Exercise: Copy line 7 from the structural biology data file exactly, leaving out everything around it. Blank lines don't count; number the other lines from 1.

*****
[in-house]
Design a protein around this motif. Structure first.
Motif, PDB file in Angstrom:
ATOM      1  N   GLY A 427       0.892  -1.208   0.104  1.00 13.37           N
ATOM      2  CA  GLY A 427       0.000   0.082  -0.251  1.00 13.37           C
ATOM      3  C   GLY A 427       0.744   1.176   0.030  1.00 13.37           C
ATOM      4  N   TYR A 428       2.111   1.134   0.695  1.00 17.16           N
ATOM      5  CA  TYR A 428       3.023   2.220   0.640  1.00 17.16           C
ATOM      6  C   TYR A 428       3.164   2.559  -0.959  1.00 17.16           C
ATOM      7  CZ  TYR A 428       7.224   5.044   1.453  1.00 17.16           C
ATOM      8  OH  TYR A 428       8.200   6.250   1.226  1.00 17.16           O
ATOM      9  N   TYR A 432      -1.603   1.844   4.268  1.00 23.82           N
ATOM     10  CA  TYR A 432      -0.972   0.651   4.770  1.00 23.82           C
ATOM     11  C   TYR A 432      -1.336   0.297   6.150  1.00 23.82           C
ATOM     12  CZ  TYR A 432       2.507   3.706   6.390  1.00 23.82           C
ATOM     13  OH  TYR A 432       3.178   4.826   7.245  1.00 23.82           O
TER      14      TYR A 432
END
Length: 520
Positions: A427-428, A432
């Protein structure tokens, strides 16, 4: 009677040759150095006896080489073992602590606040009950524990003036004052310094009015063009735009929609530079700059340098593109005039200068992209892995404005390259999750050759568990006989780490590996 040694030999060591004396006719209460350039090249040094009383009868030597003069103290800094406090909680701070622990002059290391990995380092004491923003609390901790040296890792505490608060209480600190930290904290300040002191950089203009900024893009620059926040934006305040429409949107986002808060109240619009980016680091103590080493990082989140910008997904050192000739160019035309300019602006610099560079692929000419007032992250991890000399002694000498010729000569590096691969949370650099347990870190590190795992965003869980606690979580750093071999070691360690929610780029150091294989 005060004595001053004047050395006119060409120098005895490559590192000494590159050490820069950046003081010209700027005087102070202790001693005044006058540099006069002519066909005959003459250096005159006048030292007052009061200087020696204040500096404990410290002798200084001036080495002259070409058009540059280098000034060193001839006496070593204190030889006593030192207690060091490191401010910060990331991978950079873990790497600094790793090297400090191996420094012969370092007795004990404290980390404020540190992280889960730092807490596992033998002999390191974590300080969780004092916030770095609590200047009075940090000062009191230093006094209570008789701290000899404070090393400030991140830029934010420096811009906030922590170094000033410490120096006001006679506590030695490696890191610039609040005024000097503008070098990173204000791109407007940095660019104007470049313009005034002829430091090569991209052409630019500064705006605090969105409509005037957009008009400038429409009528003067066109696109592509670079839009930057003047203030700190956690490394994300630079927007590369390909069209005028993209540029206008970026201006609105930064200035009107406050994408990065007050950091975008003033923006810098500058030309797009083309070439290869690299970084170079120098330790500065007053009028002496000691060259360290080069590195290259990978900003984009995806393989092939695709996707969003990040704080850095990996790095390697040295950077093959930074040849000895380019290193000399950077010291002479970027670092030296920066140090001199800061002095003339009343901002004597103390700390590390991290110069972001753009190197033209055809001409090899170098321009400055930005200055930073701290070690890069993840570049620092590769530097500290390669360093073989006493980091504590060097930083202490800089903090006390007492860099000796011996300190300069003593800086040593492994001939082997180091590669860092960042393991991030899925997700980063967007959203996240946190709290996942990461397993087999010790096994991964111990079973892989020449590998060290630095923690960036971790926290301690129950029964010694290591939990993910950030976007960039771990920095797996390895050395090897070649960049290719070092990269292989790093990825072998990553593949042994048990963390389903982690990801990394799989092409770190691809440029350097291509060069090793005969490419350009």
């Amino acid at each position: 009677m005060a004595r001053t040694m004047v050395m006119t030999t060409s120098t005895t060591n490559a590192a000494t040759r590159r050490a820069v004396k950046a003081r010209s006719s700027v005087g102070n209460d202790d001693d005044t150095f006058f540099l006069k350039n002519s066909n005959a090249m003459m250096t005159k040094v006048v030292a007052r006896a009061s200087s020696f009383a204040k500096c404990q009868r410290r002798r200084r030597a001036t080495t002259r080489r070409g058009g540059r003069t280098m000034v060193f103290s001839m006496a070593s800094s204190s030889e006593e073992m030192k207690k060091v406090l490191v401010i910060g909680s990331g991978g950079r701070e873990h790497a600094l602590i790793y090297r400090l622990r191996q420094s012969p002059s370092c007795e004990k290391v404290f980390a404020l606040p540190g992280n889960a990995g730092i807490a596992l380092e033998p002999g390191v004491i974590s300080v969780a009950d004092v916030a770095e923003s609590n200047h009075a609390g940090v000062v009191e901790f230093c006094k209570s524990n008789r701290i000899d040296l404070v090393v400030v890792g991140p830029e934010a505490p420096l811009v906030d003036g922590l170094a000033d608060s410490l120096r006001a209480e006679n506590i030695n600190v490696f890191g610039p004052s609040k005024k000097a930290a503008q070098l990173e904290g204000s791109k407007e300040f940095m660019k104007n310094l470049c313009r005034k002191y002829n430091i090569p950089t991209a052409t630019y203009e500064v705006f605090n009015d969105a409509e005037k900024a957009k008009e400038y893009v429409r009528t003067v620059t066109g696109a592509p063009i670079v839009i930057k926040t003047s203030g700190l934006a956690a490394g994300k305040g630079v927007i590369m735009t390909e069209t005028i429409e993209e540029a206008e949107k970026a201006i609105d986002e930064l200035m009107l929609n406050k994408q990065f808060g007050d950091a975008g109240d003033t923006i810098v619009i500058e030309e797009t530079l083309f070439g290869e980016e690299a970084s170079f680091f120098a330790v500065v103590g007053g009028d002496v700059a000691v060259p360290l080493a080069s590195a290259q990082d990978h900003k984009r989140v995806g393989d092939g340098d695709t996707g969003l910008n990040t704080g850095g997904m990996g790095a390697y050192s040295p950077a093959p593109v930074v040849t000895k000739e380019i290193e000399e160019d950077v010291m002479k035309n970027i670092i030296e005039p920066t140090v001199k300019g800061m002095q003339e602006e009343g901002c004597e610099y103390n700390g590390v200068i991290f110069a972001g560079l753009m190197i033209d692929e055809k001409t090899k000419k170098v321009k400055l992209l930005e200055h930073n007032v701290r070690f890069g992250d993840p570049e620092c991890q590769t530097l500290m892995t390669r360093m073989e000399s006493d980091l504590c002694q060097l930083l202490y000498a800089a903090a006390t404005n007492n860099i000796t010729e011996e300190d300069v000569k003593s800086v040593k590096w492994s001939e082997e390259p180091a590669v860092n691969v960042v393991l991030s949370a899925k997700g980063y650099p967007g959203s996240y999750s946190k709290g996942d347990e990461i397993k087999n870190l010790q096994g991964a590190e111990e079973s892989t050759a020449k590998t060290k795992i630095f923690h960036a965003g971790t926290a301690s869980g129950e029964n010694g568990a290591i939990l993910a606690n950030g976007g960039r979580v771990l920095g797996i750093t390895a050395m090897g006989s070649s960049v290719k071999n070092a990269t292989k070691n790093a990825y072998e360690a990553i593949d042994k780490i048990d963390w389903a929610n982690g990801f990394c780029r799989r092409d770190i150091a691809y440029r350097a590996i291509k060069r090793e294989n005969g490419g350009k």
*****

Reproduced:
ATOM      4  N   TYR A 428       2.111   1.134   0.695  1.00 17.16           N